So when does the rebirth of an operation from the ashes of a liquidated company become 'illegal' or 'fraudulent'?

Businesses getting into a position of doubtful solvency, or actual insolvency, as a result of poor business practices - and legitimately using the corporate form to restructure - is to be distinguished from 'fraudulent' phoenix activity. This type of activity involves the deliberate and systematic liquidation of corporate trading entities with the intention of avoiding tax or other liabilities, and the continuation of the operation of that business through other trading entities, debt-free. The key feature of 'fraudulent phoenix activity' is the intention to exploit the corporate form to the detriment of unsecured creditors.

Greenwood ACJ observed that there is inherent difficulty in attributing content to the phrase 'illegal phoenix activity'. His Honour explained that the question of whether the conduct described by the phrase 'phoenix conduct' is, as a matter of law, 'unlawful phoenix activity' is entirely determined by whether proof of the facts of the conduct makes good a contravention of a provision of the Act.

His Honour stated that identifying conduct, and attaching a label of 'illegal phoenix activity' to it, jumps a step in the analysis. There is no such thing, per se, as 'illegal phoenix activity'. Rather, the analysis is to identify the impugned conduct and explain why that conduct satisfies elements of a particular provision of the Act, therefore demonstrating contravention of the Act. Such analysis establishes a conclusion that the particular conduct is unlawful.

Greenwood ACJ observed that, "it is not sufficient to set out a collection of facts over a period of time and describe the conduct falling within that large matrix of fact as 'illegal phoenix activity' on the footing that the matrix of fact engages contraventions of sections 180, 181 and 182." Alleging that someone was involved in a contravention of the Act involves identifying, with precision, the facts demonstrating conduct contravening the Act, and the facts which demonstrate that the relevant person is a person 'involved in' that contravention because the person aided or abetted that conduct.


Greenwood ACJ found that the Statements "did not ... [identify] a sequence of facts which, if made good, demonstrate a contravention by particular persons of sections 180, 181 or 182 of the Act leading to a pleading that the defendant was involved in a relevant contravention in the sense of aiding and abetting that conduct."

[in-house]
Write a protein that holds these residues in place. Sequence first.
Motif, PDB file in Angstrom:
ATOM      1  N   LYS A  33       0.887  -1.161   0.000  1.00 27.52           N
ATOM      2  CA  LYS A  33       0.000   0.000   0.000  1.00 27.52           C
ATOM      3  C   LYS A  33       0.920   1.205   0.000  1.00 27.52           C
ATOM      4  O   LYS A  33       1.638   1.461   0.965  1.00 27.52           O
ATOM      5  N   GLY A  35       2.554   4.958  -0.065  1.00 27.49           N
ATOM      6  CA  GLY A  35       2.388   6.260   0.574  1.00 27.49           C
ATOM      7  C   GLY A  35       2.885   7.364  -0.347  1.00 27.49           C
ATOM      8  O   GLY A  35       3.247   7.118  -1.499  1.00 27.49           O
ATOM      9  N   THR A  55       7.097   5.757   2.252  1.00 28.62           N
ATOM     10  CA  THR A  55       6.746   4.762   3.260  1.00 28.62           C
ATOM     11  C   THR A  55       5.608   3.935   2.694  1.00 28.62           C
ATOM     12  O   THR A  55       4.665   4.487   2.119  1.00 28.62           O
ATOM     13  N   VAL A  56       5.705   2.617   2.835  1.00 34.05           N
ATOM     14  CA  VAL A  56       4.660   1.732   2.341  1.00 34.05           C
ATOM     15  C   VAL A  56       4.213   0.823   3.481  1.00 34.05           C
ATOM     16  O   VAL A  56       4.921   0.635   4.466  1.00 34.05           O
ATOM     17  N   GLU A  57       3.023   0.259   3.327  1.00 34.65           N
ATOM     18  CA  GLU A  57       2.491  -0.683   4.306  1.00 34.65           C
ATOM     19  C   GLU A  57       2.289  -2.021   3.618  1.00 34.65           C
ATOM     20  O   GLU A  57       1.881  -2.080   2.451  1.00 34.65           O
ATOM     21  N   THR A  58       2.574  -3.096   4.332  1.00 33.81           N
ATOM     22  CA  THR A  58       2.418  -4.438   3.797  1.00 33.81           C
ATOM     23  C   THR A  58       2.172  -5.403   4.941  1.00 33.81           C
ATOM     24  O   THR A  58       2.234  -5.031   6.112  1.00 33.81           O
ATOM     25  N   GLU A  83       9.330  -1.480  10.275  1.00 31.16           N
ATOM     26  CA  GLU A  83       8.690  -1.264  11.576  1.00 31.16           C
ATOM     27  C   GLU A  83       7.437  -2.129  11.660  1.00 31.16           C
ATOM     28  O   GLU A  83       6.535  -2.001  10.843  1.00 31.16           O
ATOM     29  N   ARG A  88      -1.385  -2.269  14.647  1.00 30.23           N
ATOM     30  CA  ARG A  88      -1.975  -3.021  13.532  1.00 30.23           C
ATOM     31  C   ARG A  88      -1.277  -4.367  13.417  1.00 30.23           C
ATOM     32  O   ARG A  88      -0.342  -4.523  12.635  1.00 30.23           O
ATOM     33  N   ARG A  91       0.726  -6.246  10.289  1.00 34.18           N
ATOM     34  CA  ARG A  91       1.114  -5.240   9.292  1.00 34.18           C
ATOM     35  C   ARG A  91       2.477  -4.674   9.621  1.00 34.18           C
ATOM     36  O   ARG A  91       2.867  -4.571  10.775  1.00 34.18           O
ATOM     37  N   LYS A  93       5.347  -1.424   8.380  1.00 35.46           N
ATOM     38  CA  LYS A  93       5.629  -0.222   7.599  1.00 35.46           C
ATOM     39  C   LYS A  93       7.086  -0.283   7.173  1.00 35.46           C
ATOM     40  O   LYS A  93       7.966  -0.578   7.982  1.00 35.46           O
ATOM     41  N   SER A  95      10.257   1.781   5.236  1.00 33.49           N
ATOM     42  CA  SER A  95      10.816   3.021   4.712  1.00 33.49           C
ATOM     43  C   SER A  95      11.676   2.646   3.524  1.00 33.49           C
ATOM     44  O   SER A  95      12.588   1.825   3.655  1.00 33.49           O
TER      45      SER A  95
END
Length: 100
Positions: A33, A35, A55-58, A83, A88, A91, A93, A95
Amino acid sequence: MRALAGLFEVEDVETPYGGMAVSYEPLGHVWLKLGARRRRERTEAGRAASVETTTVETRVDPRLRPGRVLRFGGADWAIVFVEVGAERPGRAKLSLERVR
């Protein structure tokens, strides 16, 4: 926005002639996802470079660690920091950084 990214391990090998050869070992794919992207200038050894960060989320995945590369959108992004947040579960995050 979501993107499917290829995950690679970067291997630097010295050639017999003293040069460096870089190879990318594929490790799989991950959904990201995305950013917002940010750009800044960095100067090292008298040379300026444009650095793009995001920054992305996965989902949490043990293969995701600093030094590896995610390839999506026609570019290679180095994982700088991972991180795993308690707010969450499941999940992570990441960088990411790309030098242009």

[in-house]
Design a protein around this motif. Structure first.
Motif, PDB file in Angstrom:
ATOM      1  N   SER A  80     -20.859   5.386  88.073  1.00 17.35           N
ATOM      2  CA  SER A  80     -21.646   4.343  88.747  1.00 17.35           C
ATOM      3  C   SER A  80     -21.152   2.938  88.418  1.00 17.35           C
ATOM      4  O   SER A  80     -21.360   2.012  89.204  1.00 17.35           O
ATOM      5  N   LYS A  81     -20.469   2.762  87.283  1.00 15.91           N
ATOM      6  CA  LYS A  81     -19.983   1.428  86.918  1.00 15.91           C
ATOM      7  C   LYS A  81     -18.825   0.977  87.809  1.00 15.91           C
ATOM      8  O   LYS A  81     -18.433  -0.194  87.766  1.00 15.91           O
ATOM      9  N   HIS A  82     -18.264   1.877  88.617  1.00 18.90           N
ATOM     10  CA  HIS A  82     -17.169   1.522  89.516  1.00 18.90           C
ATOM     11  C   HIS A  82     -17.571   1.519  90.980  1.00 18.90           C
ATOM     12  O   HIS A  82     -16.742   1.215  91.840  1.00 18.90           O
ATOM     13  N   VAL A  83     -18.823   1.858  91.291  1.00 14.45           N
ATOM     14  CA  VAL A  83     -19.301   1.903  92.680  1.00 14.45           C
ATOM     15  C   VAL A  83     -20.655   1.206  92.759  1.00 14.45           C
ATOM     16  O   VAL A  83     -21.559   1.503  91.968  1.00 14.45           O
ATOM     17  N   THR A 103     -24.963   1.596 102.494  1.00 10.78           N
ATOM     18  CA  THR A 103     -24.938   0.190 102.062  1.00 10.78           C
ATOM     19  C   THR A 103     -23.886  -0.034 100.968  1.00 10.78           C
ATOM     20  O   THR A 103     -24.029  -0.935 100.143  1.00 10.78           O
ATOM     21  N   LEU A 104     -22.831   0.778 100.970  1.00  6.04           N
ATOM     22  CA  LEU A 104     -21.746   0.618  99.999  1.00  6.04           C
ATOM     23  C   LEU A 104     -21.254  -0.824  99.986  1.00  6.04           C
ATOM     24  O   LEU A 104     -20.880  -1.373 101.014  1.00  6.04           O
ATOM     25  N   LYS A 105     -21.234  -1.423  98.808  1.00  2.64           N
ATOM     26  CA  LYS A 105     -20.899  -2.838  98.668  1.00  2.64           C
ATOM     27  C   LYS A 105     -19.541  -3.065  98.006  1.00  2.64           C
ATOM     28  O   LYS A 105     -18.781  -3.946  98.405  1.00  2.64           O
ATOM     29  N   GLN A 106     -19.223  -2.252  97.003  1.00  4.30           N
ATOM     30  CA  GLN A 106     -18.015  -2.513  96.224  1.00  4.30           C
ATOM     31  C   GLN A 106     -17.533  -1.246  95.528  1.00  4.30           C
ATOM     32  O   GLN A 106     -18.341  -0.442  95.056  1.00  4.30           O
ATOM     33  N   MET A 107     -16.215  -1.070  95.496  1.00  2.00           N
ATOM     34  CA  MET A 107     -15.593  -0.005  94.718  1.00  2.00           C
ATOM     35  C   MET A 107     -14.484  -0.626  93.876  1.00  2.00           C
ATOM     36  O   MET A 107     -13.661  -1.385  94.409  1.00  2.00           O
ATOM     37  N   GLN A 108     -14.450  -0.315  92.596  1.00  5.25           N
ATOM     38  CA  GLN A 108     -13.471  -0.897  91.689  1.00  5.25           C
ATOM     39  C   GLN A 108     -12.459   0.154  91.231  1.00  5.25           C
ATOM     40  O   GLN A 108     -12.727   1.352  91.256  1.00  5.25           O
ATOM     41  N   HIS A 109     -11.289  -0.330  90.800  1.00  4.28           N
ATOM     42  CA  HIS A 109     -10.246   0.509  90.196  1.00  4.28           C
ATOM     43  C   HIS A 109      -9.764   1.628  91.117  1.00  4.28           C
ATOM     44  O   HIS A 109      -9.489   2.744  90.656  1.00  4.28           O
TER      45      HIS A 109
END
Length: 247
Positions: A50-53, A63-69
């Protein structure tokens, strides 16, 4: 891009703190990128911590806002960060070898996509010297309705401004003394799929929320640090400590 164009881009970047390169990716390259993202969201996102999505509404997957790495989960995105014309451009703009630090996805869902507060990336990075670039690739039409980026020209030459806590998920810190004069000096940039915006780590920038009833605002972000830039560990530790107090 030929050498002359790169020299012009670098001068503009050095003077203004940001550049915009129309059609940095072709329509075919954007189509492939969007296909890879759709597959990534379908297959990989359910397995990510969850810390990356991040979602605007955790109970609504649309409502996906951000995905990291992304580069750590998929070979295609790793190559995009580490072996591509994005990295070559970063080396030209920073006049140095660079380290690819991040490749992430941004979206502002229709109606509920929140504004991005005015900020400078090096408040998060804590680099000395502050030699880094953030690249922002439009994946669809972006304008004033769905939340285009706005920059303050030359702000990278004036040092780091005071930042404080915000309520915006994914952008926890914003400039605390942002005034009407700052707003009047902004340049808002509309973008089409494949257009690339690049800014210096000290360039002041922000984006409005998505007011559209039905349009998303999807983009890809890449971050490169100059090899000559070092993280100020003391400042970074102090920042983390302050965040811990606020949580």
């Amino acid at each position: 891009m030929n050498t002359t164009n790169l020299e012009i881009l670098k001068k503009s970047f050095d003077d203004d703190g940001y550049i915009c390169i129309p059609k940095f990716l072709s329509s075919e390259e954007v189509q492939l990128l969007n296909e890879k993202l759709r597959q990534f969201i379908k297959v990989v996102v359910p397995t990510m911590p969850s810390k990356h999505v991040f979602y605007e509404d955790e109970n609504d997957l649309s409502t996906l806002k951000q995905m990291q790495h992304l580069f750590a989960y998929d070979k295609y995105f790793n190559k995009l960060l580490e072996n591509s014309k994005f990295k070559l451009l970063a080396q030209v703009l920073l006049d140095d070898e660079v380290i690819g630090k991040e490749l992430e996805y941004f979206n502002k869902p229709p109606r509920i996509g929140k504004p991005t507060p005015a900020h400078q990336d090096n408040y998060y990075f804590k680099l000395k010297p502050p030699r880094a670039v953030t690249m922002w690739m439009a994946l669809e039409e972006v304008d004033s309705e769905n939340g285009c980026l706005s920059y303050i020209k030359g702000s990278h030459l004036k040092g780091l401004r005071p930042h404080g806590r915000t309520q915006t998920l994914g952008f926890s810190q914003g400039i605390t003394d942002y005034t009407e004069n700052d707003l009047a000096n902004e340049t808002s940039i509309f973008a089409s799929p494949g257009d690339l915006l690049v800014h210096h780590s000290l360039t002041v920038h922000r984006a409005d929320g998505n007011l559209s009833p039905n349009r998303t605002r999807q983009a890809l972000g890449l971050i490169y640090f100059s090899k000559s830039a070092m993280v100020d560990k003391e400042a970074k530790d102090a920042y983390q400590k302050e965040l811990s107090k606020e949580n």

For example, ASIC alleged that the controllers of MA Group devised a plan to engage in 'illegal phoenix activity' and that Mr Bettles knew of this activity and aided and abetted the controllers, in that Mr Bettles attended a meeting at which the matters were discussed. Those allegations of fact did not engage, by specific paragraphs of a pleading, conduct falling within the elements of sections 180, 181 or 182 on the part of the controllers, nor with a pleading that Mr Bettles aided and abetted a contravention by the controllers.


There has been a lot of commentary around 'targeting illegal phoenix activity'. However, as the Court in this case emphasised, there is no such thing, per se, as 'illegal phoenix activity' and there is inherent difficulty in attributing content to that phrase.

It seems the determining factor in whether phoenix activity is 'fraudulent' is the intention with which the activity is undertaken. What distinguishes 'illegal' or 'fraudulent phoenix activity' from legitimate corporate restructure is that deliberate liquidation occurs with the intention of avoiding liabilities and continuing the business in another corporate trading entity.

The analysis requires precise identification of the impugned conduct, and an explanation of how that conduct demonstrates a contravention of the Act. Only then is it possible to conclude that the conduct falls within the taxonomic phrase 'illegal phoenix activity'.

The content of this article is intended to provide a general guide to the subject matter. Specialist advice should be sought about your specific circumstances.